In this case, the victim's Arthur hearing testimony had all of the characteristics of a cross-examination despite formally being called a “direct examination.” The examination took the “form” of cross-examination. During the hearing, the defense attorney asked numerous unobjected-to leading questions, “the principal tool and hallmark of cross-examination.” See id. at 70. The examination also was a cross-examination in substance. Appellant was permitted to impeach the victim with her drug use and her prior felony convictions to undermine her credibility. Furthermore, after the state elicited testimony of her account of the incident, appellant was permitted to challenge her assertion that appellant had “marked [her] face” by offering photographic evidence showing that her face showed no signs of injury.

Furthermore, the Arthur hearing itself was adversarial in nature. In an Arthur hearing, “the state must come forward with a showing that the proof of guilt is evident or the presumption is great.” Arthur, 390 So.2d at 720. Such a hearing is unlike, for example, a discovery deposition which “is at odds with the concept of meaningful cross-examination” “because the defendant is usually prohibited from being present, the motivation for the deposition does not result in the ‘equivalent of significant cross-examination,’ and the resulting deposition cannot be admitted as substantive evidence at trial.” Contreras, 979 So.2d at 910–11. See also Vilseis v. State, 117 So.3d 867 (Fla. 4th DCA 2013). However, in this case, appellant was present, was motivated to undermine the strength of the state's case, and was permitted great latitude when confronting the victim. Cf. Petit, 92 So.3d at 913 (holding that testimony from a bond hearing was admissible because the defendant had a sufficient opportunity to cross-examine the witness); Thompson v. State, 995 So.2d 532, 534 (Fla. 2d DCA 2008) (stating that testimony from a preliminary hearing was admissible because “the defendant was present and represented by counsel who cross-examined the witness”).

Appellant argues the Arthur hearing did not afford him a full opportunity to cross-examine the victim and, had he known it would be his last opportunity to examine the victim, he would have done so more vigorously. But “Crawford does not require similarity of motive in the previous judicial proceeding or mention a ‘meaningful’ opportunity for cross-examination.” Petit, 92 So.3d at 911. Rather, it requires only that testimony from an unavailable witness be tested in the “crucible of cross-examination.” See Crawford, 541 U.S. at 61.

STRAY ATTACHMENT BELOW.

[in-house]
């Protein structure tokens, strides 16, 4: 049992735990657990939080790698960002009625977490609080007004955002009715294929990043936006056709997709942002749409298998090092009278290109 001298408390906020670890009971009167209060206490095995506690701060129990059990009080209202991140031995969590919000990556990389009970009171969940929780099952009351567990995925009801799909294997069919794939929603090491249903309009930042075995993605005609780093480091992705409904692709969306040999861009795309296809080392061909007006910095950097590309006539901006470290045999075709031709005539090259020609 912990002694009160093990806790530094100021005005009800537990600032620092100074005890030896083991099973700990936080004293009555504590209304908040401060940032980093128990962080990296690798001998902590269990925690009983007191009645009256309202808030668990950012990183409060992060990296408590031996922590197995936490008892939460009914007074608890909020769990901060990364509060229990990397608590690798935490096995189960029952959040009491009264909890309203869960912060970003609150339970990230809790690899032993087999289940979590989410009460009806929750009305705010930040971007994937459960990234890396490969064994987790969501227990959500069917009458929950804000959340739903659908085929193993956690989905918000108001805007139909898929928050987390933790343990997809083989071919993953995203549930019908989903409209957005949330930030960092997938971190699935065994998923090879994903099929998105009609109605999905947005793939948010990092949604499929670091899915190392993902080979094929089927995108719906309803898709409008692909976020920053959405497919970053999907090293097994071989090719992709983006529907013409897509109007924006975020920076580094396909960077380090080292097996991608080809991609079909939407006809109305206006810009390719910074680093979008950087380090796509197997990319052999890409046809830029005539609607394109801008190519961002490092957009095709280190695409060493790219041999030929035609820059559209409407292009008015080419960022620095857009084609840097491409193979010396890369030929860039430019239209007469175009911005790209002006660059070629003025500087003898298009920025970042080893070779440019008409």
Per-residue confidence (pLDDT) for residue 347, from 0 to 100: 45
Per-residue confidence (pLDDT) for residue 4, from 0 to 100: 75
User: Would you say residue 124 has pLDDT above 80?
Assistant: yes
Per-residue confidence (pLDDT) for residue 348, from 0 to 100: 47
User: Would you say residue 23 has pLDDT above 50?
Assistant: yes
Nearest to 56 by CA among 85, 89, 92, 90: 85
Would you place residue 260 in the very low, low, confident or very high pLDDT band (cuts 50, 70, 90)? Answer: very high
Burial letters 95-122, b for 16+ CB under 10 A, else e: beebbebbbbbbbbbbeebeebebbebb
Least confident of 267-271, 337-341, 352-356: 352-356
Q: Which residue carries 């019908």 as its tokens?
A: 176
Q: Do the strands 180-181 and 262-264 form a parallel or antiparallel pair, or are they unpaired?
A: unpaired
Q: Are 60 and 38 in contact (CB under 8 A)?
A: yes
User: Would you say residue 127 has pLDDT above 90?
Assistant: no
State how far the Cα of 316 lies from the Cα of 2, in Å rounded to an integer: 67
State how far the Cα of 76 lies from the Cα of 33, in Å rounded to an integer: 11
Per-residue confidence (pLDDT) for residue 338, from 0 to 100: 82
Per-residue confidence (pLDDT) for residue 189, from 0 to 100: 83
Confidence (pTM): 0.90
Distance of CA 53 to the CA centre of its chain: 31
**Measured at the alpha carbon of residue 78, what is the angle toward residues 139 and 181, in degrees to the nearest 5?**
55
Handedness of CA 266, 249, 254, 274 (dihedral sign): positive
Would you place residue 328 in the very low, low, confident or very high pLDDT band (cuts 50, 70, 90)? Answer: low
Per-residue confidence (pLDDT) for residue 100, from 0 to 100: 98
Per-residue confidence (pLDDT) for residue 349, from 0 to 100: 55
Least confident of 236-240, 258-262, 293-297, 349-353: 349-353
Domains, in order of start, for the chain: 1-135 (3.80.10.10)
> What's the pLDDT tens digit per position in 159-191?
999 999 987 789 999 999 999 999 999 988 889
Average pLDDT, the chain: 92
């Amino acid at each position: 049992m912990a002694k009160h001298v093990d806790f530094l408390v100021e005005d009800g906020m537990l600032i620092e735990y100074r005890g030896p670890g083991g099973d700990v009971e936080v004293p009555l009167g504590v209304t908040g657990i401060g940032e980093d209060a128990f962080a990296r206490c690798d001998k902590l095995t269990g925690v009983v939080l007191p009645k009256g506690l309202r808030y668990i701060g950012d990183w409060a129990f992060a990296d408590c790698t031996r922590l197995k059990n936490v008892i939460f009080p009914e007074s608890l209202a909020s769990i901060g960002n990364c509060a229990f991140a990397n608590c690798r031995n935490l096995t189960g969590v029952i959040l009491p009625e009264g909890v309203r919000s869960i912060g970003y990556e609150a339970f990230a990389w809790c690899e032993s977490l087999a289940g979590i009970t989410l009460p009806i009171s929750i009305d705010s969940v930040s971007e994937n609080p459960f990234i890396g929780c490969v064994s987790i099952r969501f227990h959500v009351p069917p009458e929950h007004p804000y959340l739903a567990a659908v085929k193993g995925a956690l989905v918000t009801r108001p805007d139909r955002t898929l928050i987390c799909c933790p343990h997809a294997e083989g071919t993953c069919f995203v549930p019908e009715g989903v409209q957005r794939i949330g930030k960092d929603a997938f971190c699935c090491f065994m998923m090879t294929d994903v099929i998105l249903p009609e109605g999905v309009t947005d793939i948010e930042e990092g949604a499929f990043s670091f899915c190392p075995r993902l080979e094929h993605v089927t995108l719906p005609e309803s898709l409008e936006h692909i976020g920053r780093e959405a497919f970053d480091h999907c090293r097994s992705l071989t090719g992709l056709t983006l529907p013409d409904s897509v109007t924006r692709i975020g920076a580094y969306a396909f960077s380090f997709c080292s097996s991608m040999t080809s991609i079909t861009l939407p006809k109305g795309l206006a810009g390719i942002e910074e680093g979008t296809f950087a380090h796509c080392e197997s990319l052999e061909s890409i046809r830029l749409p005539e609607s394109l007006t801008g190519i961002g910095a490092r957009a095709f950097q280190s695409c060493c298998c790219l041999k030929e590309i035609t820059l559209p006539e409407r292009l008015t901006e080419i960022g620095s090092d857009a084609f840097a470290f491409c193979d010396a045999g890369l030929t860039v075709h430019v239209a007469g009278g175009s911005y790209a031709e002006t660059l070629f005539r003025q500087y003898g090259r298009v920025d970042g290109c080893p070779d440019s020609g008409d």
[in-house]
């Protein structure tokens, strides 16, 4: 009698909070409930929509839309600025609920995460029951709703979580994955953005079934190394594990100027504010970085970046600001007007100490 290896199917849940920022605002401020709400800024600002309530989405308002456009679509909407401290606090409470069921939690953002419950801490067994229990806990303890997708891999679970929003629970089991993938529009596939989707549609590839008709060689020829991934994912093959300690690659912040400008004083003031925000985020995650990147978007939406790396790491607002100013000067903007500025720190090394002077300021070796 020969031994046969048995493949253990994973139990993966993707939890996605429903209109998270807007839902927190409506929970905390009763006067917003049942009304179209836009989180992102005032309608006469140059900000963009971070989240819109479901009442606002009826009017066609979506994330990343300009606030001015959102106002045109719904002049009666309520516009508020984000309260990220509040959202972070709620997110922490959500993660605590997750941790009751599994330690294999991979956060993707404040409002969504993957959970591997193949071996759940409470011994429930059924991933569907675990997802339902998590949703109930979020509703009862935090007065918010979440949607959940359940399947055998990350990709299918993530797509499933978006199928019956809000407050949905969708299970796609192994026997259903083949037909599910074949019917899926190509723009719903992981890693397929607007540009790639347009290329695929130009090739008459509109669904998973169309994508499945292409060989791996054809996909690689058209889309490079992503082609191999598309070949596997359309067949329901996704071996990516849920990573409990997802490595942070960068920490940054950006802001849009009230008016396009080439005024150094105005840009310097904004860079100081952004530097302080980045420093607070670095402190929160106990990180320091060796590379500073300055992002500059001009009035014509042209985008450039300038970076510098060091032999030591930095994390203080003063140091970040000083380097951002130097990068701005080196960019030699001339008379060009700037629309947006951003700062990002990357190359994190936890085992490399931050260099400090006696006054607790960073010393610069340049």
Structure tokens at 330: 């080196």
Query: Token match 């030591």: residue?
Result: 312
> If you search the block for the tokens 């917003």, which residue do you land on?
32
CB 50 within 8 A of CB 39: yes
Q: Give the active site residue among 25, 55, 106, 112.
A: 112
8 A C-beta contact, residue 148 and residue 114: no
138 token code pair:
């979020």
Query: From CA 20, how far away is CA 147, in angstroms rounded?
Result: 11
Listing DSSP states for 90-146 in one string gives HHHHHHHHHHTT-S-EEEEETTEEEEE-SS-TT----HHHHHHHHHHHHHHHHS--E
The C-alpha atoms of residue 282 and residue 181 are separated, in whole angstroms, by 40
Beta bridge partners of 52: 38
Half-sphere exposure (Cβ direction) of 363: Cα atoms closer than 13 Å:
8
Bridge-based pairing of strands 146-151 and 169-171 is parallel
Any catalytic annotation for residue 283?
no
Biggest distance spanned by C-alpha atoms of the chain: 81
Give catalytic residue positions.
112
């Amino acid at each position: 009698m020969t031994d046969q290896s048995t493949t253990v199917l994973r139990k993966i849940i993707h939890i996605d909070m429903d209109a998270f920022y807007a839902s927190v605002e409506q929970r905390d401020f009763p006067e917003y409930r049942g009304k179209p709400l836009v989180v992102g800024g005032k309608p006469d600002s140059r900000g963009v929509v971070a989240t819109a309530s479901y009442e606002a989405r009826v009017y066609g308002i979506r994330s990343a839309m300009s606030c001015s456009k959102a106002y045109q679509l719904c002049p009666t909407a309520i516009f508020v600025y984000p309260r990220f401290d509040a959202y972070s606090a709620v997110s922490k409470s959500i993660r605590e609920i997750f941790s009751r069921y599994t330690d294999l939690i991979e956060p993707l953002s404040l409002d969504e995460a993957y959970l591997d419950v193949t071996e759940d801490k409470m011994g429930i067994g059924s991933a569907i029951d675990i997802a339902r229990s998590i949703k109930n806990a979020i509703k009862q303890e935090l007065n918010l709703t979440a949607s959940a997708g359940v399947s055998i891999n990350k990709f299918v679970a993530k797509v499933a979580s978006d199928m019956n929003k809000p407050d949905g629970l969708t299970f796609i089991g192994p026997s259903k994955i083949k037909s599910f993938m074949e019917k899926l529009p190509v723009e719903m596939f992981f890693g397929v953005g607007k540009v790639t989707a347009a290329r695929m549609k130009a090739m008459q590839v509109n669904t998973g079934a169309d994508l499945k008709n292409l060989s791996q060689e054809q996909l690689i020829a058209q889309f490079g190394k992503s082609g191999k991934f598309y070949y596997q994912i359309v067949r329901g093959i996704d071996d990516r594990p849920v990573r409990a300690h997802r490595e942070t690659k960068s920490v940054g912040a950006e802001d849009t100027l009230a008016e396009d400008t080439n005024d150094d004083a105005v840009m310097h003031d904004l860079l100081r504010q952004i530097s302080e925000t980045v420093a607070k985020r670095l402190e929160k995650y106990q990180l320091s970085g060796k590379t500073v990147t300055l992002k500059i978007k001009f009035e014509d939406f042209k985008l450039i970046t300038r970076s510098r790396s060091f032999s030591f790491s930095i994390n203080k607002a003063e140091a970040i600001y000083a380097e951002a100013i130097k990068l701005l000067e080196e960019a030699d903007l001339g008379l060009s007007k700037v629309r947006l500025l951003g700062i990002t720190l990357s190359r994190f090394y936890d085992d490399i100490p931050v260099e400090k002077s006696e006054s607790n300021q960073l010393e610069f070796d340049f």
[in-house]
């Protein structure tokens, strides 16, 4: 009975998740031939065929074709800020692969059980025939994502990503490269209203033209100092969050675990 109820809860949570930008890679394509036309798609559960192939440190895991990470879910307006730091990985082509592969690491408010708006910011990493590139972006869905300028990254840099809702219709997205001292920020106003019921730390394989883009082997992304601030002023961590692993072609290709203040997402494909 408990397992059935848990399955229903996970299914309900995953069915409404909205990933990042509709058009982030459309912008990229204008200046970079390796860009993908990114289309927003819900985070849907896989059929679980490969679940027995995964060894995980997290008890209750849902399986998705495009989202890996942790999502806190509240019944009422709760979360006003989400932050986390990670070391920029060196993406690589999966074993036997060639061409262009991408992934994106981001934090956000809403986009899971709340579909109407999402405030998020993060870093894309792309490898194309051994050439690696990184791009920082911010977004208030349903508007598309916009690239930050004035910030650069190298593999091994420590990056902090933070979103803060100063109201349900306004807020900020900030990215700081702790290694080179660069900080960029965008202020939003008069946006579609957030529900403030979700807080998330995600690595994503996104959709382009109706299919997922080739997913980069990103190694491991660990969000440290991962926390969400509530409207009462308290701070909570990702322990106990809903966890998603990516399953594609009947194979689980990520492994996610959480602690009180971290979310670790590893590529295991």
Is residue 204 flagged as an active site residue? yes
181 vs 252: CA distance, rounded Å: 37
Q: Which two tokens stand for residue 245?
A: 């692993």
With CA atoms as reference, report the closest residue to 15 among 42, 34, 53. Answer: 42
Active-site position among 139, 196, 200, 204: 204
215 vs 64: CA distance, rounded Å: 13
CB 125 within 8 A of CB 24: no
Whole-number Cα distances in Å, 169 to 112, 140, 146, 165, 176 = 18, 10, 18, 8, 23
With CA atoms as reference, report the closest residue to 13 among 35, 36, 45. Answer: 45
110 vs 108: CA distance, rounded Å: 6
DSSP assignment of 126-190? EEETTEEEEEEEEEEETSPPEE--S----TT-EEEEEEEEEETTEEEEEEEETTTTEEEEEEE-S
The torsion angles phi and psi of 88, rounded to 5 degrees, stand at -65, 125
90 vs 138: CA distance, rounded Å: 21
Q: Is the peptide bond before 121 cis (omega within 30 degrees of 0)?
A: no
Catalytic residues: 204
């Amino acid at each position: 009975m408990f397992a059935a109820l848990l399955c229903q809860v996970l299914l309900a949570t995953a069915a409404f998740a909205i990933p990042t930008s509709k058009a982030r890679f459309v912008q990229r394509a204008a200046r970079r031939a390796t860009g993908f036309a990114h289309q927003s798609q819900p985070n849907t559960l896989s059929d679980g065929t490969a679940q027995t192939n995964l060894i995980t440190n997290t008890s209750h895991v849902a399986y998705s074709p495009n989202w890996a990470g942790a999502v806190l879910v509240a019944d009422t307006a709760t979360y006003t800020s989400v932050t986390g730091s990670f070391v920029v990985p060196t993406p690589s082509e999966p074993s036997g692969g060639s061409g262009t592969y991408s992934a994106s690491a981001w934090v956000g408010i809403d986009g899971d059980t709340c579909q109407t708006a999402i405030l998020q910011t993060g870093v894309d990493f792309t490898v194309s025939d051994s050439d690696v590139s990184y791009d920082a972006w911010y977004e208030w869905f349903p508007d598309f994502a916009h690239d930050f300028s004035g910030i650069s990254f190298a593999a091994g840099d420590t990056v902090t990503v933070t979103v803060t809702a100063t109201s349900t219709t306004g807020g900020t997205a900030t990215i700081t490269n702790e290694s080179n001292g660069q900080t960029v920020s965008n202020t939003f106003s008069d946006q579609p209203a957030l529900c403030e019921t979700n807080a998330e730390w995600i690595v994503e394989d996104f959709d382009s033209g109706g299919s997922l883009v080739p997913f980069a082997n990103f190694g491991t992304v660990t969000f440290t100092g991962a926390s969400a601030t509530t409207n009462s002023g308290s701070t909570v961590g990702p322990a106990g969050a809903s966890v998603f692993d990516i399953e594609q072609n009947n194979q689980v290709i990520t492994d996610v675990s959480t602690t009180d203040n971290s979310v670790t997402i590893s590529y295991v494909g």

Although our state law “formally characterize[d]” appellant's examination of the victim as a direct examination, see Roberts, 448 U.S. at 71, appellant's examination satisfied the constitutional requirements of confrontation because it was “more than ‘de minimis,’ and [was] ‘the equivalent of significant cross-examination .’ “ See Contreras, 979 So.2d at 909 (quoting Roberts, 448 U.S. at 70). We therefore conclude that, under these circumstances, it did not violate the Confrontation Clause to admit the victim's Arthur hearing testimony as substantive evidence at trial.



1.  See State v. Arthur, 390 So.2d 717 (Fla.1980).

2.  “[Defense Attorney]: Prior to being cut you said you were beaten and you had marks on your face, which is why he freaked out?․[Victim]: He just marked my face, not marks. Just one, he made one mark.[Defense Attorney]: Where was that mark?[Victim]: Huh? I don't even remember, because this is what he told me. There is pictures [sic].․[Defense Attorney]: You were hit in the face; correct?[Victim]: Yes.[Defense Attorney]: You would have marks somewhere on your face?[Victim]: Wasn't there any?[Defense Attorney]: I don't know. Let me show you a picture.[The defense attorney then showed the victim a picture of her in the hospital.][Defense attorney]: Do you see any marks on your face in that picture?[Victim]: Okay. That's only one side; right?[Defense Attorney]: I agree.[Victim]: Must have been the other side.[Defense Attorney]: Must have been. Okay. And this is when you were in the hospital so it was relatively right after the incident, correct, within a couple of days, give or take?[Victim]: Okay.[Defense Attorney]: You were in the hospital three or four days?[Victim]: Yes sir.”

3.  As the Florida Supreme Court has noted, although the United States Supreme Court “receded from the Roberts reliability test in Crawford [v. Washington, 541 U.S. 36 (2004) ],” it cited “Roberts with approval for the proposition that prior trial or hearing testimony is admissible only if the defendant had an adequate opportunity to cross-examine. The Supreme Court noted that the testimony from a preliminary hearing was properly admitted in Roberts because the defendant had examined the witness at that hearing.” Contreras, 979 So.2d at 909 n. 5 (citation omitted). Thus, although the reliability standard described in Roberts is no longer the applicable Confrontation Clause test, Roberts continues to provide guidance as to what constitutes a sufficient prior opportunity to cross-examine a witness. See id. As Justice Scalia noted, “Even our recent cases, in their outcomes, hew closely to the traditional line. [Roberts ] admitted testimony from a preliminary hearing at which the defendant had examined the witness.” Crawford, 541 U.S. at 58.


STEVENSON and GERBER, JJ., concur.